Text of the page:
Recent storms blanketed much of Eastern Madera County’s higher elevations in crisp white snowfall, making a great time for snowmen, hot cocoa, or heading out to Yosemite Ski & Snowboard Area for a winter adventure. And a trio of freezing storms will arrive this week to bring snow as low as 2,000 feet elevation, allowing more opportunities to enjoy the frosty winter season.
Scott Rowe, a meteorologist with the National Weather Service in Hanford, said it was difficult to get exact day-to-day reports on snowfall in some areas of the county. But he said throughout the “atmospheric river” event that flooded parts of North Fork last week, Fish Camp received more than 7 inches of precipitation, much of it as snow.
In Tuolumne Meadows in Yosemite National Park, Rowe said the storms brought more than three feet of snow, making for a total of 81 inches at 8,700 feet elevation so far this year.
To further increase those amounts, the first of three storms was forecast to begin Wednesday afternoon, with a winter storm warning issued for 2 p.m. that day through 2 p.m. Thursday.
Rowe said the first storm could bring six inches to a foot of snow above 5,000 feet elevation, with as much as 18 inches above 7,000 feet.
“It’s going to be a really unsettled week,” Rowe said. “That first system is going to sort of kick things off before the colder storm moves in.”
Around noon on Friday, Rowe said the second system will move into the Mountain Area, with snow levels expected around 3,000 feet. A push of cold air into early Saturday could drop snow levels down to 2,000 feet, meaning flurries may be seen in Bass Lake, Oakhurst, Coarsegold, and other parts of the Mountain Area, Rowe said.
“If there’s an opportunity for snow to be in the foothills, it’s going to be in this weekend’s storm,” Rowe said.
That storm, similar to the first deluge, is forecast to bring a similar amount of snow and up to 1.5 inches of rain in Oakhurst and surrounding areas, Rowe said. He added a final system will begin impacting the area Sunday afternoon.
“It’s a nice thing to see snow at these lower levels, much lower than the ‘atmospheric river’ storms we saw earlier this month,” Rowe said. “We want to see lower snow levels for this time in January.”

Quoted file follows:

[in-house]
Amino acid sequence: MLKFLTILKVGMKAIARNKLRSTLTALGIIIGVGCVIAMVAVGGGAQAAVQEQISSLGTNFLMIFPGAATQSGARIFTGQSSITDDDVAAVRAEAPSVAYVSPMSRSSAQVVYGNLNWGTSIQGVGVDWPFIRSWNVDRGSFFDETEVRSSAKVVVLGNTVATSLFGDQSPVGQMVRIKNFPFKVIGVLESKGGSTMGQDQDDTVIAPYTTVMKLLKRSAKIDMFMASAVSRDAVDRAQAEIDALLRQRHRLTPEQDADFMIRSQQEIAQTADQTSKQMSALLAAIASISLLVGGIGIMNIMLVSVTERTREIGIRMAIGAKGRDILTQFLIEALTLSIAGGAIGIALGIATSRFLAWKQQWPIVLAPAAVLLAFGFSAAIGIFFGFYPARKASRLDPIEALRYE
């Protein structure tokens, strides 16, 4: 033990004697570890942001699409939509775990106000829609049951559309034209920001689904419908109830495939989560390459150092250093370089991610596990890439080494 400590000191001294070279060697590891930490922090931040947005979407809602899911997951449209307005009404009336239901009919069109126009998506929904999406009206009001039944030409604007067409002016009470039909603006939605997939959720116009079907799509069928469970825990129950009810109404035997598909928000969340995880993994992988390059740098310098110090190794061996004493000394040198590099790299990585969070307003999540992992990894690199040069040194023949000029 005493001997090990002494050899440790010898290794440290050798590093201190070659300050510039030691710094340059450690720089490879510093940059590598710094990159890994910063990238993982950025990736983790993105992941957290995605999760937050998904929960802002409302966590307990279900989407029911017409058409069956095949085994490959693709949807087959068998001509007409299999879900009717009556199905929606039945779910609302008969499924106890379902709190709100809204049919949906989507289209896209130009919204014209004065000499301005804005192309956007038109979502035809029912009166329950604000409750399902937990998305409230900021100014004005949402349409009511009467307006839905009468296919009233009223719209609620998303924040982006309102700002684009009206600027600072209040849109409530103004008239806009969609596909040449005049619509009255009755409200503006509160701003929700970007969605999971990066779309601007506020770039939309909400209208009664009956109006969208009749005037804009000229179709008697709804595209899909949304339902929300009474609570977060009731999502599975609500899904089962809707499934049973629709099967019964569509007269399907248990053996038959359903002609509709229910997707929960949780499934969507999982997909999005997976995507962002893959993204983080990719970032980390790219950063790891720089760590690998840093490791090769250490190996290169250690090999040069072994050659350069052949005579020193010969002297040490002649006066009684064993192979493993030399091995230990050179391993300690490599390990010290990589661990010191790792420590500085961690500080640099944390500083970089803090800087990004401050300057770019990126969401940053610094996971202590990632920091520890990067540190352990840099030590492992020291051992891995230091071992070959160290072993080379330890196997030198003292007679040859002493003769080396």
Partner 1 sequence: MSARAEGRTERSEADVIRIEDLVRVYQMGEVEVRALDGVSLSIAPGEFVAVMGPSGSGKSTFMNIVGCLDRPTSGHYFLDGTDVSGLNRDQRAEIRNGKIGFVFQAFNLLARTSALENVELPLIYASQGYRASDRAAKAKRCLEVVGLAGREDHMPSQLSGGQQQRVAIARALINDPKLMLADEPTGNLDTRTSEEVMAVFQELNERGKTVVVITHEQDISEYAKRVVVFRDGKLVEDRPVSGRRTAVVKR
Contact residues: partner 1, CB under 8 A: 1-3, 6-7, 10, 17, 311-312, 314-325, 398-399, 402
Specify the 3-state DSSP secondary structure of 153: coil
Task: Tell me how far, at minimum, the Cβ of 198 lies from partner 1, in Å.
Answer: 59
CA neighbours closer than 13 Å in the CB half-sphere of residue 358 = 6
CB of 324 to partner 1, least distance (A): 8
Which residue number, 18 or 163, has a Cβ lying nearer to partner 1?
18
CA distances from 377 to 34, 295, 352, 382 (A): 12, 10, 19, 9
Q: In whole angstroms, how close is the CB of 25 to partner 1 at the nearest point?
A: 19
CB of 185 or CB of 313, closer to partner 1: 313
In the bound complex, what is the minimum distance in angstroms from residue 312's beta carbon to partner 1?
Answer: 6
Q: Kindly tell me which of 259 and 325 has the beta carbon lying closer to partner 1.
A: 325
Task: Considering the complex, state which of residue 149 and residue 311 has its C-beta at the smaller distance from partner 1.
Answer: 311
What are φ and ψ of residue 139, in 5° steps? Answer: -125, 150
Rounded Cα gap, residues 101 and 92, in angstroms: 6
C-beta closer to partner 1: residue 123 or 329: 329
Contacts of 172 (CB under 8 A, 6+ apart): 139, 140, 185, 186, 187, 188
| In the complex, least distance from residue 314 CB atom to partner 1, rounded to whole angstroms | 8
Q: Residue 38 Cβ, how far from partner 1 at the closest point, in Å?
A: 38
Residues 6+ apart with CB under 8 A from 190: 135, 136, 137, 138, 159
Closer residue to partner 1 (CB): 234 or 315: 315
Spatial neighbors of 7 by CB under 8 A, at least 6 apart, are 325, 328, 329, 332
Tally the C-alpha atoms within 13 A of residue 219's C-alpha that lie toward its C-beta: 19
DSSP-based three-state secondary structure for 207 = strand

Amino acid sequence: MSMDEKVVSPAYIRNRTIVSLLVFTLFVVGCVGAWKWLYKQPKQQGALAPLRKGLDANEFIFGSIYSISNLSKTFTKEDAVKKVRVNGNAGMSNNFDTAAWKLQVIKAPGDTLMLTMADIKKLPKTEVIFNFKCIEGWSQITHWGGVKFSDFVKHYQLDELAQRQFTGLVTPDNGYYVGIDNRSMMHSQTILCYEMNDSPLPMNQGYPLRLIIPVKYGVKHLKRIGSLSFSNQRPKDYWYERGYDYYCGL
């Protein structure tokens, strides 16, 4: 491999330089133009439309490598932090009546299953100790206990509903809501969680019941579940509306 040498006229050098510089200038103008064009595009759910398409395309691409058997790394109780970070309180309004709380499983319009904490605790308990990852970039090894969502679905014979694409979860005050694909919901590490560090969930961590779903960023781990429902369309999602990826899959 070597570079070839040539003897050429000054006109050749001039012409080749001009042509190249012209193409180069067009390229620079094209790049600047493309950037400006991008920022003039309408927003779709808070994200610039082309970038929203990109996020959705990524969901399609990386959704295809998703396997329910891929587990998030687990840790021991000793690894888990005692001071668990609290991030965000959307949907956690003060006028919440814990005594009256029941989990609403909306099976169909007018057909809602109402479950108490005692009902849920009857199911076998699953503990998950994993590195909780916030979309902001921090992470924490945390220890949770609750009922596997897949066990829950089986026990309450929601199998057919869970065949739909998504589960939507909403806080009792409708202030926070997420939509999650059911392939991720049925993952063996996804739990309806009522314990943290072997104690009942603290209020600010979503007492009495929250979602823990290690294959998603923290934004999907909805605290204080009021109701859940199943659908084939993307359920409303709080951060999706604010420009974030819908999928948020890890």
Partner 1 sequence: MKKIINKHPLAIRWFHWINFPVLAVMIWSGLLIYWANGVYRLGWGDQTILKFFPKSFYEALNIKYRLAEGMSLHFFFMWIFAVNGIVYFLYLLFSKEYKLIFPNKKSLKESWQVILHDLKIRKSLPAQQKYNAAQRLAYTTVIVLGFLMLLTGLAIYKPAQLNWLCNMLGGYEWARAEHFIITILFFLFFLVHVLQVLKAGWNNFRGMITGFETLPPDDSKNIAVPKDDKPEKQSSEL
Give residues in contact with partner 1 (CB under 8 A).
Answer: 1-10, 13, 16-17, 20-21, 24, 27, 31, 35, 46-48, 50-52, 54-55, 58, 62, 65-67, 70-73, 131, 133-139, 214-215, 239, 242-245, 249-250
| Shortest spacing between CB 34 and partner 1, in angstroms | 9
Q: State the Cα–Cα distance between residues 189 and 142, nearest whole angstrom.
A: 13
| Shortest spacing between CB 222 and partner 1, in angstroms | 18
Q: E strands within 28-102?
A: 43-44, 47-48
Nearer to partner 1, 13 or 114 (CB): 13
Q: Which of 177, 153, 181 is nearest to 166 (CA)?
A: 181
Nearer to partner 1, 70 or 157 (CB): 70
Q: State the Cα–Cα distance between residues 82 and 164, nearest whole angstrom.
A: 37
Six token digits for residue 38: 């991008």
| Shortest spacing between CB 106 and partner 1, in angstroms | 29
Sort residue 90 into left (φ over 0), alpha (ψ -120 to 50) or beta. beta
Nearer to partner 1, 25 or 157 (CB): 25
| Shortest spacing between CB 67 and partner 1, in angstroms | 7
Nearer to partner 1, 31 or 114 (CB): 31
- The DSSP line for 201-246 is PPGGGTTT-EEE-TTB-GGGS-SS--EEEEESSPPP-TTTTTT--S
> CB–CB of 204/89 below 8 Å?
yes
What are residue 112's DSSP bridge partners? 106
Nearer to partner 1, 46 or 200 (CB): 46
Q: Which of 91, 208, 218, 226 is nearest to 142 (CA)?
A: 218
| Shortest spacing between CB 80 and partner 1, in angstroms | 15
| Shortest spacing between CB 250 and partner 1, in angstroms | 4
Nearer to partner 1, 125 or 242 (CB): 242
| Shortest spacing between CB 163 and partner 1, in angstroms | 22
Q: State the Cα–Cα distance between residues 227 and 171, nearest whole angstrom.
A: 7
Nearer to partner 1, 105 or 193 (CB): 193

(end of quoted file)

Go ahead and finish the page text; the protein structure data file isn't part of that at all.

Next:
The “atmospheric river,” a warmer storm with stronger amounts of precipitation, flooded the Mountain Area from Jan. 6 to Jan. 12, with mandatory evacuations issued in parts of North Fork due to increased discharges from Bass Lake. Rowe said this week’s storms will not be as powerful, but the lower snow levels could create what he called “travel headaches.”
“The public should remain aware that these storms could create some hiccups in their travel plans,” Rowe said. “It’s best to plan ahead.”
Winter fun in Yosemite
Those looking to take advantage of the snowy conditions have the opportunity to visit Yosemite Ski & Snowboard Area (formerly known as Badger Pass), which opened for the season last weekend.
The resort, which has 10 slope runs and five lifts, also offers snowshoe and cross-country ski rentals, guided snowshoe walks with park rangers, and cross-country ski lessons.
Lifts at the resort, located at 7082 Glacier Point Road, will be open 9 a.m. - 4 p.m. daily, with the ticketing and rental shop opening at 8:30 a.m..
Yosemite boasts nearly 100 miles of cross-country skiing and snowshoeing trails.
The National Park Service offers daily ranger-led snowshoe walks that depart from the Ranger A-Frame office at 10:30 a.m. There is a courtesy shuttle daily between Yosemite Valley lodges and the Yosemite Ski & Snowboard Area.
See pricing and hotel ski packages at www.TravelYosemite.com.
Ski and road conditions: (209) 372-1000.
Sierra Star Staff Report